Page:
Born in Cleveland, poet, fiction writer, editor, and New Narrative theorist Robert Glück grew up there and in Los Angeles. He was educated at the University of California, Los Angeles, the University of Edinburgh, the College of Art in Edinburgh, and the University of California, Berkeley, where he earned a BA. He also studied writing in New York City workshops with poet Ted Berrigan and earned an MA at San Francisco State University.

With Bruce Boone and other writers, Glück co-founded the New Narrative movement in San Francisco in the early 1980s. Glück’s experimental work—typically prose—infuses L=A=N=G=U=A=G=E theory with queer, feminist, and class-based discourse while exploring issues of autobiography and self. In his essay “Long Note on New Narrative,” which appeared in Biting the Error: Writers Explore Narrative (2004), Glück stated, “We were thinking about autobiography; by autobiography we meant daydreams, nightdreams, the act of writing, the relationship to the reader, the meeting of flesh and culture, the self as collaboration, the self as disintegration, the gaps, inconsistencies and distortions, the enjambments of power, family, history and language.”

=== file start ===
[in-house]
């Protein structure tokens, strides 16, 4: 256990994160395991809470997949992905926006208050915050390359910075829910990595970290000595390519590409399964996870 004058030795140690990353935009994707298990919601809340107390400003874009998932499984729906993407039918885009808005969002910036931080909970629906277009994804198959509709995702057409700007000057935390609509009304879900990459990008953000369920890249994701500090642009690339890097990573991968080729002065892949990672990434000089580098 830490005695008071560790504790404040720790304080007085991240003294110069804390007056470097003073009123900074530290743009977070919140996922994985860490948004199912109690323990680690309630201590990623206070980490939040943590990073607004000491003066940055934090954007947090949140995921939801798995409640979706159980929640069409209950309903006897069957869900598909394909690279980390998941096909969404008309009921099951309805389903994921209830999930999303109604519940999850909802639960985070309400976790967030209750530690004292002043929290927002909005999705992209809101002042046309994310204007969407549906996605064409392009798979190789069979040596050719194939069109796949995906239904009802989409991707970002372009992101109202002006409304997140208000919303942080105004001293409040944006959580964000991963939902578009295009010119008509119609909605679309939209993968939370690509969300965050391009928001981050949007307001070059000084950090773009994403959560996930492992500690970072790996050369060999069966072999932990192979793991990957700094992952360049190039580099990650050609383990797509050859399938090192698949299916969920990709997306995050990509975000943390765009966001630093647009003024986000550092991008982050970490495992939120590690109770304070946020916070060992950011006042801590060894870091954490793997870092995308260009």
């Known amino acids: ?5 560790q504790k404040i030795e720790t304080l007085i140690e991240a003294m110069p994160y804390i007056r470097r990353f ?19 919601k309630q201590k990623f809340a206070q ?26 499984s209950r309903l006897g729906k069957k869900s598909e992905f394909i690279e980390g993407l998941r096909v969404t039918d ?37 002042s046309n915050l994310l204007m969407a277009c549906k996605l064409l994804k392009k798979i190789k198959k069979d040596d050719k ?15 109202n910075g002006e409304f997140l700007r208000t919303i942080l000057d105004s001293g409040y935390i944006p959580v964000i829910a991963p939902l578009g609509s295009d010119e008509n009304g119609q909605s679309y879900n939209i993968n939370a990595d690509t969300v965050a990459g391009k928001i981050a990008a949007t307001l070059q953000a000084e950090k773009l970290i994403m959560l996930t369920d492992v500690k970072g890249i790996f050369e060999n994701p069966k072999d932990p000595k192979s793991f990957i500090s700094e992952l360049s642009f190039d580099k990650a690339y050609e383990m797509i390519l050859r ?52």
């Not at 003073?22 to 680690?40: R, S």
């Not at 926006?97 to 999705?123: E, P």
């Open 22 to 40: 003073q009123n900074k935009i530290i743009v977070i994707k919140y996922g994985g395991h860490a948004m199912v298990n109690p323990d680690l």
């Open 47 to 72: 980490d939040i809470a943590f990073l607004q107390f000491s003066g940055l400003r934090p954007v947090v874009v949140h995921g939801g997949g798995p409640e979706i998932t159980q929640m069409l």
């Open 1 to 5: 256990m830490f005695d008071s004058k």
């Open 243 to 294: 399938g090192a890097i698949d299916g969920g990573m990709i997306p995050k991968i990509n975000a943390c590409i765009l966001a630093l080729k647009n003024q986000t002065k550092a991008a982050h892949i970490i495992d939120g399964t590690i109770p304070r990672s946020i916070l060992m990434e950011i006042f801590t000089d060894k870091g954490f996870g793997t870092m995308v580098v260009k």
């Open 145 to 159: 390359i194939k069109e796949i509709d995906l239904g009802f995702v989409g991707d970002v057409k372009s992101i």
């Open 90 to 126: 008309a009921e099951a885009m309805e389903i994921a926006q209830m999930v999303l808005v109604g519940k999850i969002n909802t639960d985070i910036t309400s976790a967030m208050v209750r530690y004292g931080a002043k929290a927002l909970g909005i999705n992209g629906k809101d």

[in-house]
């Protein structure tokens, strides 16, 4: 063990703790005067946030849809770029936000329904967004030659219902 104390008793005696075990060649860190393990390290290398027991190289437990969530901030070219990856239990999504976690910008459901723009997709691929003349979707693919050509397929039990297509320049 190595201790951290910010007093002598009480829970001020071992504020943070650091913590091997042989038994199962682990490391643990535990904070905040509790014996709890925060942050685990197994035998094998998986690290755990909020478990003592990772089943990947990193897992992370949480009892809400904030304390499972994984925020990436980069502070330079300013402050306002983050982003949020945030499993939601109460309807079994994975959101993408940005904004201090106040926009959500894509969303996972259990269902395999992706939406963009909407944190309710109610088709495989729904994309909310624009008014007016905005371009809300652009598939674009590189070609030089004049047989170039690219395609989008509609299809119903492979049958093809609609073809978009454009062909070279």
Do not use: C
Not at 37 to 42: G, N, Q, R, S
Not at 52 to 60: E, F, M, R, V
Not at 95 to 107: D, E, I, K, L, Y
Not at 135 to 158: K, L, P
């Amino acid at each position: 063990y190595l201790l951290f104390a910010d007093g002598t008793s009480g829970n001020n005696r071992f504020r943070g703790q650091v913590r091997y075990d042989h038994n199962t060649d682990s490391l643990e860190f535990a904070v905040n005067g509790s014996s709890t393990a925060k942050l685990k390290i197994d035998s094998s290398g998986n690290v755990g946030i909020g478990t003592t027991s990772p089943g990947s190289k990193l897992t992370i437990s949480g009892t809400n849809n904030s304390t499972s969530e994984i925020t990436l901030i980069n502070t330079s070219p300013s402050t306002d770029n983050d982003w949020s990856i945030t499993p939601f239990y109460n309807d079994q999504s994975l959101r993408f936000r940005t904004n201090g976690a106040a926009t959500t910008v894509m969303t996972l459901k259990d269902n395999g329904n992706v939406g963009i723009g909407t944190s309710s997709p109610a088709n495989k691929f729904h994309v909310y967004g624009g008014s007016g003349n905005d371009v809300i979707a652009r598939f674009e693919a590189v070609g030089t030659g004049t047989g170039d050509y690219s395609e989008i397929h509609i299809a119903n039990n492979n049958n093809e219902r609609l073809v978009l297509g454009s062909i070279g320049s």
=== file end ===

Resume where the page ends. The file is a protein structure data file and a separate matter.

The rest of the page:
Glück’s poetry includes the collection Reader (1989) and, with Bruce Boone, the collaboration La Fontaine (1981). His fiction includes the story collection Denny Smith (2003) and the novels Jack the Modernist (1995) and Margery Kempe (1994). Glück’s work has been selected for numerous anthologies, including The Faber Book of Gay Short Fiction (1992), Best American Erotica 2005, and Lust for Life: On the Writings of Kathy Acker (2006). He has received a California Arts Council Fellowship and a San Francisco Arts Commission Cultural Equity Grant.

Glück has served as director of San Francisco State’s Poetry Center, codirector of the Small Press Traffic Literary Center, and editor for Lapis Press and the literary journal Narrativity. He lives in San Francisco.
Poems by Robert Glück
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